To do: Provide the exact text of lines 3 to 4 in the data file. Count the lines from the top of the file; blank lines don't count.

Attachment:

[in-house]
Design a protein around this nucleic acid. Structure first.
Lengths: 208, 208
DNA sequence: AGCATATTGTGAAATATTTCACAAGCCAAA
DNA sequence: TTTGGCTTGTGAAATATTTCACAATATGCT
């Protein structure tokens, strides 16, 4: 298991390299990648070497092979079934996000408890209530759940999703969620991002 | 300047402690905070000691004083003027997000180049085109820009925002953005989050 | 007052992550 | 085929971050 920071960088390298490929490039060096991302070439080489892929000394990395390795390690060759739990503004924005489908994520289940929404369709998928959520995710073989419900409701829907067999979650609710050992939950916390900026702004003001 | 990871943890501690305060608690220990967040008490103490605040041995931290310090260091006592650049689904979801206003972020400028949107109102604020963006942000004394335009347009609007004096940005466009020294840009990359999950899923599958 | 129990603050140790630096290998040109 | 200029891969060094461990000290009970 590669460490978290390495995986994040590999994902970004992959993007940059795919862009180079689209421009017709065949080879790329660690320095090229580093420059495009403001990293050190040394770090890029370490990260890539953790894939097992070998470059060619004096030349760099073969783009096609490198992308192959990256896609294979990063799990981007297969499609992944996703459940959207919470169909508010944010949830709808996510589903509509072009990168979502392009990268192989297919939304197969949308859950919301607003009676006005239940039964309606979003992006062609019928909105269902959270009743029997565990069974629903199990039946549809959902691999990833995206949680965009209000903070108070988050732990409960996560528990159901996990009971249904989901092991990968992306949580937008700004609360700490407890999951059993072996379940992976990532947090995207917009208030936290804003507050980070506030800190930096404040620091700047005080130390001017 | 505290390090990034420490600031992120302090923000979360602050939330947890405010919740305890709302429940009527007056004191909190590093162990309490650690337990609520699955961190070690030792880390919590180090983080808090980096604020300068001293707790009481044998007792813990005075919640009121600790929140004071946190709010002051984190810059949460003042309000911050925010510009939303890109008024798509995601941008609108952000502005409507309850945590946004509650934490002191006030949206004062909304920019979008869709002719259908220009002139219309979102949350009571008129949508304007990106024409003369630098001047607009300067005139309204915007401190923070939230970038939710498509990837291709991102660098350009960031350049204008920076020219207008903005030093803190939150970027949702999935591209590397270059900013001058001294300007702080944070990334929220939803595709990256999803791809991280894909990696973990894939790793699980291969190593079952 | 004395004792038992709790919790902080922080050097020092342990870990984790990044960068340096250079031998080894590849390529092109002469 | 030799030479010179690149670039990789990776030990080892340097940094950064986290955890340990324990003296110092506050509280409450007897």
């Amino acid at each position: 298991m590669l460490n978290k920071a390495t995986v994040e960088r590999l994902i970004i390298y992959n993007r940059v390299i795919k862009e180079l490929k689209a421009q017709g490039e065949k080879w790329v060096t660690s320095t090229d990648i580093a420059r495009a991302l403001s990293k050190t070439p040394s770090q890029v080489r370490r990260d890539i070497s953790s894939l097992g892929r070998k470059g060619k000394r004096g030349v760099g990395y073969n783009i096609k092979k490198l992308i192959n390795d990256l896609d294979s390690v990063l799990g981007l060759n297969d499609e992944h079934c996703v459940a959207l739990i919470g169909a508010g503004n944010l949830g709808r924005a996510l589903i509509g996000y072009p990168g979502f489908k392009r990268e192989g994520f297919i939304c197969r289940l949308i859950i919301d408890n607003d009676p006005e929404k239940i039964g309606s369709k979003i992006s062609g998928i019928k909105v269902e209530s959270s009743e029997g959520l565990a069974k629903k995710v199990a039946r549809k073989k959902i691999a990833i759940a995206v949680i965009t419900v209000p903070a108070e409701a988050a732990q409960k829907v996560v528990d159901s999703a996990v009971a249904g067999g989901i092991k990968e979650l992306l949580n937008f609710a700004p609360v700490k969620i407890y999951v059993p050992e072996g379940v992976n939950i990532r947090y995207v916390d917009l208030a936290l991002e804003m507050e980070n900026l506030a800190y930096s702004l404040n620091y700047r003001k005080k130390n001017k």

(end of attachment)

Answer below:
Lengths: 208, 208
DNA sequence: AGCATATTGTGAAATATTTCACAAGCCAAA